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This Narooma sign says ” We only sell sustainably caught fish from two family boats. We do not sell imported or farmed fish. We are happy to answer your questions…..

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The girl who is filleting our Flathead remembers her grandfather’s fishing days and is also telling us some stories about surfing near the headlands at Narooma….sounds very brave, having seen the waves last week.

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Another favourite stall we visit is Burnbar Fruit. These farmers come all the way from Alstonville. Their farm, in northern New South Wales, is far enough away to produce avocados long after we can get fresh ones here in Canberra. They drive to Canberra every fortnight for quite a few months of the year….just over 1 000 Km…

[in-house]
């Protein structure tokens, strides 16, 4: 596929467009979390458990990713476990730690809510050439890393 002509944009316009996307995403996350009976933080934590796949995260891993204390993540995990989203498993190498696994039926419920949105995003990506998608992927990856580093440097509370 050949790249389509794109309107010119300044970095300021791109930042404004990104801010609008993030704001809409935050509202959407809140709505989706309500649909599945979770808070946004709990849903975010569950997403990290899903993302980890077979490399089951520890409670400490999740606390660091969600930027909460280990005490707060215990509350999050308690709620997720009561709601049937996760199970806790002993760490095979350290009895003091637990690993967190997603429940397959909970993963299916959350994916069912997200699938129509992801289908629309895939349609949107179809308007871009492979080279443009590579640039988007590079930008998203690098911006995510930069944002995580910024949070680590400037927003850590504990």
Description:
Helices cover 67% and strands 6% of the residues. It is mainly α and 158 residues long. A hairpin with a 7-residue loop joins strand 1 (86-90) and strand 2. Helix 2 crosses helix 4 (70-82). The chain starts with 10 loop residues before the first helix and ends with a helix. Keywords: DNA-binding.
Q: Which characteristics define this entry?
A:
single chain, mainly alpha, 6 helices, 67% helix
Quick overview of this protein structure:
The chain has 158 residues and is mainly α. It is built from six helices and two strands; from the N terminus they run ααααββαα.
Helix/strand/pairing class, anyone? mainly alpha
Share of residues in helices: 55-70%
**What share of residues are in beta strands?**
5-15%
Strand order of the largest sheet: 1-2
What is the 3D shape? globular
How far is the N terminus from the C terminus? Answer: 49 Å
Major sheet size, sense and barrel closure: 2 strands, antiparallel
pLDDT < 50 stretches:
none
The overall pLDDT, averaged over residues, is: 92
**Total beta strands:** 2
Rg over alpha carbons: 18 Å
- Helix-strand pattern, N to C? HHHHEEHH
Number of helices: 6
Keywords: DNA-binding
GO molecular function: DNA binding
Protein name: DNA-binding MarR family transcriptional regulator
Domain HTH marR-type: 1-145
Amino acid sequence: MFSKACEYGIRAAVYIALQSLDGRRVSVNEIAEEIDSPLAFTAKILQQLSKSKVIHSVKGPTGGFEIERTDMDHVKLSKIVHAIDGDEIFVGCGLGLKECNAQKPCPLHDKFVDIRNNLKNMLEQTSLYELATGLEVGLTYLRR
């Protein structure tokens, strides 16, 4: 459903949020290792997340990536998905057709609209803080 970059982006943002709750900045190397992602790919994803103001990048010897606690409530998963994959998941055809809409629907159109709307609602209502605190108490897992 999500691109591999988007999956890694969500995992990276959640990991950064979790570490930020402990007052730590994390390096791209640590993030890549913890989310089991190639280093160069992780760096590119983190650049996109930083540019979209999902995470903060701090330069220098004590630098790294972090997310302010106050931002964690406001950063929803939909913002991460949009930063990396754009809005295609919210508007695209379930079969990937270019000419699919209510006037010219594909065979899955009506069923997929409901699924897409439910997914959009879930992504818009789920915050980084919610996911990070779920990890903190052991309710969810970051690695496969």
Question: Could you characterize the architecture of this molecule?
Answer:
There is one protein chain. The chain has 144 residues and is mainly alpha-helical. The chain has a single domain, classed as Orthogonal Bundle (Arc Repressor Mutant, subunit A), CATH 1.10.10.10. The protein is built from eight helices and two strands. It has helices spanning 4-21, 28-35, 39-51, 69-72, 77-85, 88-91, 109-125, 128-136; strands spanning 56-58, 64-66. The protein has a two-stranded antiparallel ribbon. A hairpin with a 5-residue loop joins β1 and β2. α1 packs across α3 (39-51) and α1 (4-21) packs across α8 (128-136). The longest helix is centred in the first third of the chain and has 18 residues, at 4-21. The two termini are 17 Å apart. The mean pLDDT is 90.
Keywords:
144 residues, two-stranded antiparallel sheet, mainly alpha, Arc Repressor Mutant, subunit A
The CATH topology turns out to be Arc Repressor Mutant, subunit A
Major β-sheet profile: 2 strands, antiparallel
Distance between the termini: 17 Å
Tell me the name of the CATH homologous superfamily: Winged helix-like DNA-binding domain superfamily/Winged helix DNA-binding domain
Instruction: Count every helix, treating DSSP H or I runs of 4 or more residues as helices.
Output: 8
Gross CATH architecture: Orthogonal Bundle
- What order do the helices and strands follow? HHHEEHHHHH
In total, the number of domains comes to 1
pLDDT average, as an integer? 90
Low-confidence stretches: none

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We love their avocados, their bananas and their sense of humour. They are unfailingly cheerful even in winter months….and what an adjustment from their mild climate to ours….

Once spring arrives everyone stays to have coffee, pancakes, bagettes, and whatever is on offer.. my favourite musician is playing classical guitar…I don’t think you can’t put a price on the happiness music brings to a place..

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On our way out we notice another star of the markets, Clover the piglet. She is owned by Wisher Woods Sanctuary who fund-raise for abandoned animals…I suspect Clover is quite safe in that department, but she is a wonderful drawcard. However this morning she is a little over the paparazzi and after this photo was taken she retired under her sack.

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There are so many more markets to talk about…we’ll be back..

 

 

 

 

Canberra’s south coast……birds, shrubs and drama at sea